Ingrid Bergman, “Stromboli” 1950
A few months ago, my husband and I decided it was time to visit Italy again. Since booking the airline tickets and renting an apartment in Rome’s Centro Storico, I have been in a muted state of anxiety over what to pack. Despite the fact that I’ve been traveling to Italy on and off since childhood and am wildly excited to once again walk the streets of Rome, I feel bad about my vacation wardrobe. The truth is, since about my thirties, I always fly into a panic before a trip abroad. If you saw my wardrobe, you would politely say there was no need to panic. After all, it looks as if I have all the necessary basics. But that is just the problem: the basics. When it comes time to pack for a two-week trip, practicality retreats and fantasy takes over. In order to explore the streets of a European city, I suddenly feel guilty about choosing sensible outfits. It seems as if the least I can do is to make the effort to approximate through my clothes the mystique of the cities I will be visiting.
This, I find, is harder to do when you are a woman of a certain age. How to look casually glamorous in comfortable shoes for sightseeing and walking on cobblestones in ninety-degree heat? Today’s trends – the charming floral mini dresses, the sweeping boho skirts, the high-waisted, wide leg pants worn with a midriff t-shirt, the kimonos paired with cut off denim shorts are not tempting options. It seems in the words of Linda Wells, former editor-in-chief of Allure magazine, speaking with Cathy Horyn in 2007, “The choice is to wear something juvenile or be a total killjoy.” Despite the shift in trends and the fact that the options for women’s clothing have expanded exponentially over the years, Wells’ comment rings as true today as it did back in 2007. In refusing youth driven trends and low quality fast fashion chains, I sometimes feel like I am resorting to normcore by stubbornly adhering to my personal style. This, dear reader, is the reason why the last few days have found me craving the kind of clothes Audrey Hepburn wore while living in Rome with her second husband, the Italian psychiatrist Andrea Dotti.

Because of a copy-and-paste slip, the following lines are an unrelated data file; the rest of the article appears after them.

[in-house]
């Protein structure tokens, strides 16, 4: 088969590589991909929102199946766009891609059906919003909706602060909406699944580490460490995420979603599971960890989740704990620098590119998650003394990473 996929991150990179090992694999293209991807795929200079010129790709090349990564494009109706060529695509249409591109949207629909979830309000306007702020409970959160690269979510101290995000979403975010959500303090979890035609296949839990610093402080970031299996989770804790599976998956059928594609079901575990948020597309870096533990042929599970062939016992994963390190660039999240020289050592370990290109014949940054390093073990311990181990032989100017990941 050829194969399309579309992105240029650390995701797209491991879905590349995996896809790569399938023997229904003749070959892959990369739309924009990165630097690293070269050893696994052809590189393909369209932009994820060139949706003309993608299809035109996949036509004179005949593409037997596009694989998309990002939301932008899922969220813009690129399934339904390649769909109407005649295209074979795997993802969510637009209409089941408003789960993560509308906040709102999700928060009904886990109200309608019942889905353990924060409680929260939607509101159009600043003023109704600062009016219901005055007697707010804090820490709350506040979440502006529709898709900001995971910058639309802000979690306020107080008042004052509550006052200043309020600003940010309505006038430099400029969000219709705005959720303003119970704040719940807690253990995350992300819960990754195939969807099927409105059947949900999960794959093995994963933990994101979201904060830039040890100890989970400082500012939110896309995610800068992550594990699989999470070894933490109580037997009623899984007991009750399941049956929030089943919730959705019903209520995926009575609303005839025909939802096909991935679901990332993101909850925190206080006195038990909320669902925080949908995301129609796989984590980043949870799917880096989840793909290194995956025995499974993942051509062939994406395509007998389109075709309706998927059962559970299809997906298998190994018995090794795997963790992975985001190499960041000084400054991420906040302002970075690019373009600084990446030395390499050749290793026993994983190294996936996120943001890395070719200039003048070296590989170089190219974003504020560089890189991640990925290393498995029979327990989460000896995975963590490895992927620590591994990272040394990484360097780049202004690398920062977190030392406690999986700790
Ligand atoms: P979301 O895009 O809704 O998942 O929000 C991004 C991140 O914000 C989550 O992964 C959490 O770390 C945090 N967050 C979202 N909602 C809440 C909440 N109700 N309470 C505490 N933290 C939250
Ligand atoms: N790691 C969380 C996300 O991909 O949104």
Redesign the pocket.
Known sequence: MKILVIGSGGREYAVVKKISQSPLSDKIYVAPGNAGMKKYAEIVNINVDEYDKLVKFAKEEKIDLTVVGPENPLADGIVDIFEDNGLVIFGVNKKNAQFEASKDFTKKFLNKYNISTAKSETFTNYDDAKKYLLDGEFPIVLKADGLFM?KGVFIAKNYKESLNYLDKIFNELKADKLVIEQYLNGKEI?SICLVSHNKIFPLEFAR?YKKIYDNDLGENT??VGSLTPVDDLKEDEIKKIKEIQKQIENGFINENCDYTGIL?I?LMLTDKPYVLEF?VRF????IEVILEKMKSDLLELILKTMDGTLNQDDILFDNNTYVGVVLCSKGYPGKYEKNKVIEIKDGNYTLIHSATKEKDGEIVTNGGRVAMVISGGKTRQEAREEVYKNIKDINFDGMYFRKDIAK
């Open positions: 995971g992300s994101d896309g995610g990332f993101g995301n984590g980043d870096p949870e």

Ingrid Bergman and Roberto Rossellini, Santa Marinella, Italy 1950s
That I turn to vintage photos in order to inspire my packing doesn’t greatly surprise me; just before sitting down to write this, I began going through photographs of Ingrid Bergman in the 1950s Rossellini films, “Stromboli” and “Journey to Italy.” In flicking through the film stills, I realize it is not just the glamour projected by these images of Bergman or the stylishness of the paparazzi shots of Hepburn that I am after. Rather, the images impress me with the ease and confidence of these women of a certain age. Instead of the typical girlish movie star photographs, these pictures document grown-up faces and experiences. When Bergman starred in “Stromboli” she was in her thirties and had just begun an affair with Rossellini that would cause a scandal in the United States for producing a child out of wedlock. The Roman photos of Hepburn reveal a woman in her forties, in her second marriage, raising her son from her first marriage; these are not the better-known “Roman Holiday” pictures of the ingenue in her twenties, floating about the ancient city in ballet flats. In a time when blogs and fashion magazines regularly preach to women about age appropriateness, the images of these two fashionable and graceful women make the claim for considering proper fit and quality before age. Maybe the focus should shift to what’s suitable for one’s body and lifestyle – ageless dressing – over what is age appropriate.
As I begin to pack, I comfort myself with fantasies of a new definition of basic: tailored, well-made clothes in durable fabrics that can be worn many times and personalized with accessories. (I’m thinking vintage and sustainable fashion here). Could it be what’s old is truly what’s new again?
Ingrid Bergman, “Journey to Italy” 1950
Audrey Hepburn and Andrea Dotti, Rome 1971
Audrey Hepburn, Rome 1972; image by Lino Nanni
Audrey Hepburn with her son, Sean, Rome 1972; image Girani Reporters Associati